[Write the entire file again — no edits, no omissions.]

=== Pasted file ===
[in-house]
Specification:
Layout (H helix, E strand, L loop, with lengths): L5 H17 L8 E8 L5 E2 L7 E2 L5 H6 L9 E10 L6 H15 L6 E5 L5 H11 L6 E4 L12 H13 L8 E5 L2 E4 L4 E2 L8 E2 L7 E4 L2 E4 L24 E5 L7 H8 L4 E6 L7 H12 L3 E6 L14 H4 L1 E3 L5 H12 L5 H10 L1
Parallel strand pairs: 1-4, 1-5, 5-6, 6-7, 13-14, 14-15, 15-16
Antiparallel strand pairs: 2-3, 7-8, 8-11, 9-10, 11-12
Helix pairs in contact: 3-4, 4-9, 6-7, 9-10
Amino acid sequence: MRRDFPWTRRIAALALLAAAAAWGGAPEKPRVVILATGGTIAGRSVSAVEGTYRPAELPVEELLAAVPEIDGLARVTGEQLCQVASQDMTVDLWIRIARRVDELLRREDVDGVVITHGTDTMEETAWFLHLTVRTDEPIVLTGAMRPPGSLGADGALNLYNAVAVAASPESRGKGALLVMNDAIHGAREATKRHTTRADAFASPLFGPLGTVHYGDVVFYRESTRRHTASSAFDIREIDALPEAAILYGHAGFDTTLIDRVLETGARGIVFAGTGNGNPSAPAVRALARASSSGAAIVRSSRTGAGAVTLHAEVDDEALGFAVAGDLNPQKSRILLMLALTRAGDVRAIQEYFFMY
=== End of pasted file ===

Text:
[in-house]
Specification:
Layout (H helix, E strand, L loop, with lengths): L5 H17 L8 E8 L5 E2 L7 E2 L5 H6 L9 E10 L6 H15 L6 E5 L5 H11 L6 E4 L12 H13 L8 E5 L2 E4 L4 E2 L8 E2 L7 E4 L2 E4 L24 E5 L7 H8 L4 E6 L7 H12 L3 E6 L14 H4 L1 E3 L5 H12 L5 H10 L1
Parallel strand pairs: 1-4, 1-5, 5-6, 6-7, 13-14, 14-15, 15-16
Antiparallel strand pairs: 2-3, 7-8, 8-11, 9-10, 11-12
Helix pairs in contact: 3-4, 4-9, 6-7, 9-10
Amino acid sequence: MRRDFPWTRRIAALALLAAAAAWGGAPEKPRVVILATGGTIAGRSVSAVEGTYRPAELPVEELLAAVPEIDGLARVTGEQLCQVASQDMTVDLWIRIARRVDELLRREDVDGVVITHGTDTMEETAWFLHLTVRTDEPIVLTGAMRPPGSLGADGALNLYNAVAVAASPESRGKGALLVMNDAIHGAREATKRHTTRADAFASPLFGPLGTVHYGDVVFYRESTRRHTASSAFDIREIDALPEAAILYGHAGFDTTLIDRVLETGARGIVFAGTGNGNPSAPAVRALARASSSGAAIVRSSRTGAGAVTLHAEVDDEALGFAVAGDLNPQKSRILLMLALTRAGDVRAIQEYFFMY